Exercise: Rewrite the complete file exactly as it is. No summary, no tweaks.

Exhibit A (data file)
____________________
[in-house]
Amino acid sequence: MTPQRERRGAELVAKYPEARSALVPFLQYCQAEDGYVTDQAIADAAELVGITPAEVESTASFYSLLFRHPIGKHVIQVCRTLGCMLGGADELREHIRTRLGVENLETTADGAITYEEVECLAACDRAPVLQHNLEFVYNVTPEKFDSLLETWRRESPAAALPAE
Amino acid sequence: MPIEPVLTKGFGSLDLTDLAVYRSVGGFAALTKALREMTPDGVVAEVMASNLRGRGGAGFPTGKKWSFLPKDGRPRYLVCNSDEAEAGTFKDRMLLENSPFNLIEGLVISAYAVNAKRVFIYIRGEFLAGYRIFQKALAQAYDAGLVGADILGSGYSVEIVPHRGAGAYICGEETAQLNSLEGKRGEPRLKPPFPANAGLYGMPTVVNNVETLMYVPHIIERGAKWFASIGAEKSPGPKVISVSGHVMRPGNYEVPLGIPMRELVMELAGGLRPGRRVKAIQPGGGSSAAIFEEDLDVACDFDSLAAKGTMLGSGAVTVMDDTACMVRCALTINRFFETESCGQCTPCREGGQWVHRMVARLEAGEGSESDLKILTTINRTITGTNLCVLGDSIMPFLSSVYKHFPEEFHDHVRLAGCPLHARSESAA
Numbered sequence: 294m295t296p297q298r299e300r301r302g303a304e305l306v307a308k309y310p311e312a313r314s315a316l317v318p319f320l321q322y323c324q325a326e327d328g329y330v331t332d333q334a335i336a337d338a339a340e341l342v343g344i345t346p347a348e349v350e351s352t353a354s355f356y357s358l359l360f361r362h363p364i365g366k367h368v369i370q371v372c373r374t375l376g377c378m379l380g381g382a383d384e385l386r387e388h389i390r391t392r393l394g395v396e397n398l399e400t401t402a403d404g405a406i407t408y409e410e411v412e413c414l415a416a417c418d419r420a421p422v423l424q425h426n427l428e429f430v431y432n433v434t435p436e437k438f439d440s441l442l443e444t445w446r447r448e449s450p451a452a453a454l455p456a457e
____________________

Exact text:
[in-house]
Amino acid sequence: MTPQRERRGAELVAKYPEARSALVPFLQYCQAEDGYVTDQAIADAAELVGITPAEVESTASFYSLLFRHPIGKHVIQVCRTLGCMLGGADELREHIRTRLGVENLETTADGAITYEEVECLAACDRAPVLQHNLEFVYNVTPEKFDSLLETWRRESPAAALPAE
Amino acid sequence: MPIEPVLTKGFGSLDLTDLAVYRSVGGFAALTKALREMTPDGVVAEVMASNLRGRGGAGFPTGKKWSFLPKDGRPRYLVCNSDEAEAGTFKDRMLLENSPFNLIEGLVISAYAVNAKRVFIYIRGEFLAGYRIFQKALAQAYDAGLVGADILGSGYSVEIVPHRGAGAYICGEETAQLNSLEGKRGEPRLKPPFPANAGLYGMPTVVNNVETLMYVPHIIERGAKWFASIGAEKSPGPKVISVSGHVMRPGNYEVPLGIPMRELVMELAGGLRPGRRVKAIQPGGGSSAAIFEEDLDVACDFDSLAAKGTMLGSGAVTVMDDTACMVRCALTINRFFETESCGQCTPCREGGQWVHRMVARLEAGEGSESDLKILTTINRTITGTNLCVLGDSIMPFLSSVYKHFPEEFHDHVRLAGCPLHARSESAA
Numbered sequence: 294m295t296p297q298r299e300r301r302g303a304e305l306v307a308k309y310p311e312a313r314s315a316l317v318p319f320l321q322y323c324q325a326e327d328g329y330v331t332d333q334a335i336a337d338a339a340e341l342v343g344i345t346p347a348e349v350e351s352t353a354s355f356y357s358l359l360f361r362h363p364i365g366k367h368v369i370q371v372c373r374t375l376g377c378m379l380g381g382a383d384e385l386r387e388h389i390r391t392r393l394g395v396e397n398l399e400t401t402a403d404g405a406i407t408y409e410e411v412e413c414l415a416a417c418d419r420a421p422v423l424q425h426n427l428e429f430v431y432n433v434t435p436e437k438f439d440s441l442l443e444t445w446r447r448e449s450p451a452a453a454l455p456a457e